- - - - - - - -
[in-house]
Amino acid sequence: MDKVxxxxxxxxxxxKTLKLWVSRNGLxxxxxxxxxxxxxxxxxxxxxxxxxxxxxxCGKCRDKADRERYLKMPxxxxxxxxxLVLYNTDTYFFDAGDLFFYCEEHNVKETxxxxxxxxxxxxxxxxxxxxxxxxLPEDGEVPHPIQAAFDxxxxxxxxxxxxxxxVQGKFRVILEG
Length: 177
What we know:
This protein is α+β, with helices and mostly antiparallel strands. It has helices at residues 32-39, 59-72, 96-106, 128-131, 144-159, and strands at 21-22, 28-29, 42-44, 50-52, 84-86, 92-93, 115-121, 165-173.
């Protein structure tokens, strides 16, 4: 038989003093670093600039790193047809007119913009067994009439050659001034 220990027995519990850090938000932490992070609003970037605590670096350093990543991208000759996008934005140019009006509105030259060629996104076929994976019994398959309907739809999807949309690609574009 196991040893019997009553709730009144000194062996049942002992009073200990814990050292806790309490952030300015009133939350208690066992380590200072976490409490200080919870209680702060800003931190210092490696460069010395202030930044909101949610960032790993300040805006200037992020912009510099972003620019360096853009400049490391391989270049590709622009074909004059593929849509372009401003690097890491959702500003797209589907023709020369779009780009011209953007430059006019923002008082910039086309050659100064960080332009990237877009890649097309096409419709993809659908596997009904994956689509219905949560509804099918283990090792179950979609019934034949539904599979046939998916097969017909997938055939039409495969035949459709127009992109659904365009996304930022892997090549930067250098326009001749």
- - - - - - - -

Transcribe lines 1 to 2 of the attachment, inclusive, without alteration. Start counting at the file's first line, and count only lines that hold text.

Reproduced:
[in-house]
Amino acid sequence: MDKVxxxxxxxxxxxKTLKLWVSRNGLxxxxxxxxxxxxxxxxxxxxxxxxxxxxxxCGKCRDKADRERYLKMPxxxxxxxxxLVLYNTDTYFFDAGDLFFYCEEHNVKETxxxxxxxxxxxxxxxxxxxxxxxxLPEDGEVPHPIQAAFDxxxxxxxxxxxxxxxVQGKFRVILEG